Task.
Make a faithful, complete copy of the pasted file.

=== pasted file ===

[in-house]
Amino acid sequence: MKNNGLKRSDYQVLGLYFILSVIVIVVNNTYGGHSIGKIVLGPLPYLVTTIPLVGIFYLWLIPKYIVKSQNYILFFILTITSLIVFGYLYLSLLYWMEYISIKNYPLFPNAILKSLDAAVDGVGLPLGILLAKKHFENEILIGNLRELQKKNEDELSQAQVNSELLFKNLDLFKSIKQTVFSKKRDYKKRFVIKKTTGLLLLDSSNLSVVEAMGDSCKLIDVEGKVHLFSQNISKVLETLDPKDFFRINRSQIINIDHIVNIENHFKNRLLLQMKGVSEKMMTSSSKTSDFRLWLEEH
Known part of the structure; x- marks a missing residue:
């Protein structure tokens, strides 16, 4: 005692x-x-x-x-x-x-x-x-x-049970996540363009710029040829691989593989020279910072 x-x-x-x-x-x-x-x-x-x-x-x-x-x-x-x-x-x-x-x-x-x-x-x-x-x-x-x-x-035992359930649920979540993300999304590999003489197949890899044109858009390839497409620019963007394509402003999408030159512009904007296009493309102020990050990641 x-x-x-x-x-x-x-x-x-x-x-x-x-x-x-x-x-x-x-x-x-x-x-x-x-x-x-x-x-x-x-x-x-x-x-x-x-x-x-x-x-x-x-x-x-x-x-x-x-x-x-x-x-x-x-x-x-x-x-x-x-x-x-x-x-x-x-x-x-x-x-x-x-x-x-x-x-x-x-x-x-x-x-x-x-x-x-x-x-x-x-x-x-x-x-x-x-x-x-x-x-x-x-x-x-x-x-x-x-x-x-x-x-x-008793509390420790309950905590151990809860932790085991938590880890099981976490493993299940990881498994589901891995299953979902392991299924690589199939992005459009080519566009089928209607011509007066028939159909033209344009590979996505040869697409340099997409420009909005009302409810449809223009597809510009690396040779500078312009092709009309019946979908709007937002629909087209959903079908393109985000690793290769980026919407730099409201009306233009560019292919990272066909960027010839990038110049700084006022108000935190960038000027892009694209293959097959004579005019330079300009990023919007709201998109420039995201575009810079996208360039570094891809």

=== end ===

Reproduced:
[in-house]
Amino acid sequence: MKNNGLKRSDYQVLGLYFILSVIVIVVNNTYGGHSIGKIVLGPLPYLVTTIPLVGIFYLWLIPKYIVKSQNYILFFILTITSLIVFGYLYLSLLYWMEYISIKNYPLFPNAILKSLDAAVDGVGLPLGILLAKKHFENEILIGNLRELQKKNEDELSQAQVNSELLFKNLDLFKSIKQTVFSKKRDYKKRFVIKKTTGLLLLDSSNLSVVEAMGDSCKLIDVEGKVHLFSQNISKVLETLDPKDFFRINRSQIINIDHIVNIENHFKNRLLLQMKGVSEKMMTSSSKTSDFRLWLEEH
Known part of the structure; x- marks a missing residue:
């Protein structure tokens, strides 16, 4: 005692x-x-x-x-x-x-x-x-x-049970996540363009710029040829691989593989020279910072 x-x-x-x-x-x-x-x-x-x-x-x-x-x-x-x-x-x-x-x-x-x-x-x-x-x-x-x-x-035992359930649920979540993300999304590999003489197949890899044109858009390839497409620019963007394509402003999408030159512009904007296009493309102020990050990641 x-x-x-x-x-x-x-x-x-x-x-x-x-x-x-x-x-x-x-x-x-x-x-x-x-x-x-x-x-x-x-x-x-x-x-x-x-x-x-x-x-x-x-x-x-x-x-x-x-x-x-x-x-x-x-x-x-x-x-x-x-x-x-x-x-x-x-x-x-x-x-x-x-x-x-x-x-x-x-x-x-x-x-x-x-x-x-x-x-x-x-x-x-x-x-x-x-x-x-x-x-x-x-x-x-x-x-x-x-x-x-x-x-x-008793509390420790309950905590151990809860932790085991938590880890099981976490493993299940990881498994589901891995299953979902392991299924690589199939992005459009080519566009089928209607011509007066028939159909033209344009590979996505040869697409340099997409420009909005009302409810449809223009597809510009690396040779500078312009092709009309019946979908709007937002629909087209959903079908393109985000690793290769980026919407730099409201009306233009560019292919990272066909960027010839990038110049700084006022108000935190960038000027892009694209293959097959004579005019330079300009990023919007709201998109420039995201575009810079996208360039570094891809």